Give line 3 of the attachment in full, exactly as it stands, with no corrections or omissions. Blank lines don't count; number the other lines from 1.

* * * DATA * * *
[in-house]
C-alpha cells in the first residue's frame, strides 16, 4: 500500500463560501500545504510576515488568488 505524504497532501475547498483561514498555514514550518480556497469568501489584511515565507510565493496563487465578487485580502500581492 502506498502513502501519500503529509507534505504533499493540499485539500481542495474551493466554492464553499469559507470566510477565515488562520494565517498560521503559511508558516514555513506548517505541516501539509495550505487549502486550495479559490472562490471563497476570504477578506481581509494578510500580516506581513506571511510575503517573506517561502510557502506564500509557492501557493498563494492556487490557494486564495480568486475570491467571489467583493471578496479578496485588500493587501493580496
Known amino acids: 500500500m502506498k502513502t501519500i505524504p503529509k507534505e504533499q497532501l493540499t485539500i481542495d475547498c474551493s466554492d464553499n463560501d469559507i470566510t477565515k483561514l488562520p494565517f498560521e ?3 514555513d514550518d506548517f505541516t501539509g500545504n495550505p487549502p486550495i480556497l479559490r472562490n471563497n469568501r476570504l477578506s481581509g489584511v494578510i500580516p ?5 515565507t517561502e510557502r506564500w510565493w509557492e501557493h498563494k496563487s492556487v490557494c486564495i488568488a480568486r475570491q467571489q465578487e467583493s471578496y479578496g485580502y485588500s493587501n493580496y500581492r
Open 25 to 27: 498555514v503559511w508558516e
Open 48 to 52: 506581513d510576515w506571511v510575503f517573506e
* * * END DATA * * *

Known amino acids: 500500500m502506498k502513502t501519500i505524504p503529509k507534505e504533499q497532501l493540499t485539500i481542495d475547498c474551493s466554492d464553499n463560501d469559507i470566510t477565515k483561514l488562520p494565517f498560521e ?3 514555513d514550518d506548517f505541516t501539509g500545504n495550505p487549502p486550495i480556497l479559490r472562490n471563497n469568501r476570504l477578506s481581509g489584511v494578510i500580516p ?5 515565507t517561502e510557502r506564500w510565493w509557492e501557493h498563494k496563487s492556487v490557494c486564495i488568488a480568486r475570491q467571489q465578487e467583493s471578496y479578496g485580502y485588500s493587501n493580496y500581492r